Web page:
Tag Archives: Maisie Dobbs

Maise Dobbs to the Rescue!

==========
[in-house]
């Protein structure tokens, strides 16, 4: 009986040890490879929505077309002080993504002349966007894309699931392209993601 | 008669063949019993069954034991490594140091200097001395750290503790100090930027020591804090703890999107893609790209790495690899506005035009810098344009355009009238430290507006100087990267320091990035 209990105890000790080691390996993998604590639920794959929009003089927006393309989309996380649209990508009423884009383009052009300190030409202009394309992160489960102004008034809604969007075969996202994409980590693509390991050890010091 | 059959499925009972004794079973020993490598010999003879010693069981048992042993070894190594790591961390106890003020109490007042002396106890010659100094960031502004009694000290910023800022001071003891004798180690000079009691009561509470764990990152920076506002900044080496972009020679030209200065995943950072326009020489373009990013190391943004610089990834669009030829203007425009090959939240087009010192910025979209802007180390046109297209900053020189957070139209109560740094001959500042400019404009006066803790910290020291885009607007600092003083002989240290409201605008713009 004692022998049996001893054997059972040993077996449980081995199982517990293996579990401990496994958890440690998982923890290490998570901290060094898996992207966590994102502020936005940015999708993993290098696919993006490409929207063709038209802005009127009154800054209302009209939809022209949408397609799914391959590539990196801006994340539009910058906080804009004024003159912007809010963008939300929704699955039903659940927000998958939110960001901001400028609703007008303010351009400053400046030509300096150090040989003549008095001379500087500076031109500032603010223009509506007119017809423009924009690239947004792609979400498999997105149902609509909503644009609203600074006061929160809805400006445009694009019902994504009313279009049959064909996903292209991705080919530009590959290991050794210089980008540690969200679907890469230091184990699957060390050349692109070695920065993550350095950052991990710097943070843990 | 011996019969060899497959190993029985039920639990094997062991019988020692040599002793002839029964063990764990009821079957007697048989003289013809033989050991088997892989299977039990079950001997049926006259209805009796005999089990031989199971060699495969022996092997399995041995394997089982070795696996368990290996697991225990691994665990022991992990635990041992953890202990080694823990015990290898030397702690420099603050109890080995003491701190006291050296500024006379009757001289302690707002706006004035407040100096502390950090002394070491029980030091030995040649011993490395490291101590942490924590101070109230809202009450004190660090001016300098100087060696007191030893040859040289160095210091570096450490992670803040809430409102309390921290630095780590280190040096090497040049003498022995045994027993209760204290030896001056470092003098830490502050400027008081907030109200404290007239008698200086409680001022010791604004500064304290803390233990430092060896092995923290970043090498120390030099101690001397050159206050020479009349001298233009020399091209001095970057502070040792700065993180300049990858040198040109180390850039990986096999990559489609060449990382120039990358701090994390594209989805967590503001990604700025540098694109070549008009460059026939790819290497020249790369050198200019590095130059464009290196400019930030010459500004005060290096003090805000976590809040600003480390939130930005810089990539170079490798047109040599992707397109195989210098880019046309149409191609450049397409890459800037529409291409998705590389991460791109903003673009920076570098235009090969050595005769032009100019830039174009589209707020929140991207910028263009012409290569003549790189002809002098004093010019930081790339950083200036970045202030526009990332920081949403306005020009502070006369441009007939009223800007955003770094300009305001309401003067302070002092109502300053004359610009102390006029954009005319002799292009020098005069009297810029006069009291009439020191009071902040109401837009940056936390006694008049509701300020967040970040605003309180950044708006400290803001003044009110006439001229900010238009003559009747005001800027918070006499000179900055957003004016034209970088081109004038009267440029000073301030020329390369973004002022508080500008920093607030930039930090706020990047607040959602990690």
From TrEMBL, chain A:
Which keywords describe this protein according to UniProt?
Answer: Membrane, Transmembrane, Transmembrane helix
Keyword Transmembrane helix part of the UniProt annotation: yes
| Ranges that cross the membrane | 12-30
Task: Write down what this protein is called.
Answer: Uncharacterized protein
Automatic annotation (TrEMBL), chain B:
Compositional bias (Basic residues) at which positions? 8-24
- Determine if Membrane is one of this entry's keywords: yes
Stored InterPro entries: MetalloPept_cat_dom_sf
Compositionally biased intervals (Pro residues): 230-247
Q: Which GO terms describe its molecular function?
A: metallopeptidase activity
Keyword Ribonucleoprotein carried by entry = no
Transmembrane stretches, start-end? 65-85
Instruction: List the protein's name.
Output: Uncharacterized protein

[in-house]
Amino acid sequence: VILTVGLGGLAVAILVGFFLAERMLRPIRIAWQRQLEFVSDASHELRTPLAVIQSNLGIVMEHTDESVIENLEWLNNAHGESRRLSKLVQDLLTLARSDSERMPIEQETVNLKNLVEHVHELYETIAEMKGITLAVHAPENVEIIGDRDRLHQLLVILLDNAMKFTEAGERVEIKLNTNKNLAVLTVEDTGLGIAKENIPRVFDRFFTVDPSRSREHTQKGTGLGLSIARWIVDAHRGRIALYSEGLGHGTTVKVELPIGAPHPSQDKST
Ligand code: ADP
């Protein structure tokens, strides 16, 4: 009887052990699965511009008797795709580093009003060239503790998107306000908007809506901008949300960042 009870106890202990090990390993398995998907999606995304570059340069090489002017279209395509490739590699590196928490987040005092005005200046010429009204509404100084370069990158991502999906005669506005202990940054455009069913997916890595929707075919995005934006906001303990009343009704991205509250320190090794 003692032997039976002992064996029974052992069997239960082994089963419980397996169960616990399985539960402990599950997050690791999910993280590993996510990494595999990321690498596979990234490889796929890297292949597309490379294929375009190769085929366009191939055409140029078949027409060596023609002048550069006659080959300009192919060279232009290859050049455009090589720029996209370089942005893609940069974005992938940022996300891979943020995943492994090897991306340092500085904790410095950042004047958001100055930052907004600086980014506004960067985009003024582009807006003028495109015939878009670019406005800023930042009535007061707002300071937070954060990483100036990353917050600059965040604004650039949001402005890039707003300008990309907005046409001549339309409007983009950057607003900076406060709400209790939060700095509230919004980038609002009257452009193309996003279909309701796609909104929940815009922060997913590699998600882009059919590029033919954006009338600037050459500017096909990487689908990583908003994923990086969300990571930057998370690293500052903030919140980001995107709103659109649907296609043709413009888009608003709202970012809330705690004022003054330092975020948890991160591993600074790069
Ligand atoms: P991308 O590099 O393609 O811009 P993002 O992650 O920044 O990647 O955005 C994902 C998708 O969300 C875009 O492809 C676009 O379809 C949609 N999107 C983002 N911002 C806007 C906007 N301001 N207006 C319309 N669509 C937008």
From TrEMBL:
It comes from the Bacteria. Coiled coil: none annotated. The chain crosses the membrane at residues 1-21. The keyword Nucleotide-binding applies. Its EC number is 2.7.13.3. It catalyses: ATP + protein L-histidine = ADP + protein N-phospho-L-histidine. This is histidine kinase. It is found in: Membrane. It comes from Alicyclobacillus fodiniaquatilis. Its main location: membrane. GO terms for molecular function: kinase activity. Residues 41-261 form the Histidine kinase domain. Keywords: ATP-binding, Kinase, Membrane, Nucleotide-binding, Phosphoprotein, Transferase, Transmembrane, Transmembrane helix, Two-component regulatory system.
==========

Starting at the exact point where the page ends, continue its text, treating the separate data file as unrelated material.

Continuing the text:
MaisePosterI have joined the “Maisie Dobbs” fanclub.  Yes, that simple, hard-working and wildly intelligent girl sleuth of the 1920’s has captured my heart.  Author Jacqueline Winspear has created a unique tale–a combination mystery, history, romance and psychological study of human nature.  The story begins when Maisie, just having hung out her shingle as a private investigator, is hired by a client to find out where his wife is sneaking off to.  This launches her into an investigation much broader than a straying spouse, and something much more sinister.  She soon uncovers a “Retreat,” ostensibly set up as a refuge for soldiers who were hideously scarred during The Great War, but when some inmates start disappearing, it launches Maisie into an investigation that forces her to revisit the horrors she personally experienced and face up to her past.  The interesting thing about the structure of the book is that it flies in the face of all “good story writing” advice.  Just as we as readers are getting sucked into the mystery, the author digresses and fills the whole middle of the book with the story of Maisie–how she came to be an educated Cambridge gal from her humble beginnings as a house maid. We return to the mystery at the end of the book, and the background story is such a satisfying tale that we forgive the interruption.  The novel is full of rich characters, from her inscrutable mentor, Maurice Blanche, to her working-class side kick, Billy Beale–some of which are a bit “over the top.” But we forgive and love them for it.  Just so, Maisie herself is sometimes just too good, smart, and pretty to be true, but somehow Winspear makes it work.  I’m delighted to see that this is just the first in a series of Maisie adventures.  She’s just the cure for a long, dreary winter.  (One minor note: I was dismayed to see how poorly my copy of the book was edited.  Some helpful previous reader penciled in a lot of corrections.  A shame!)


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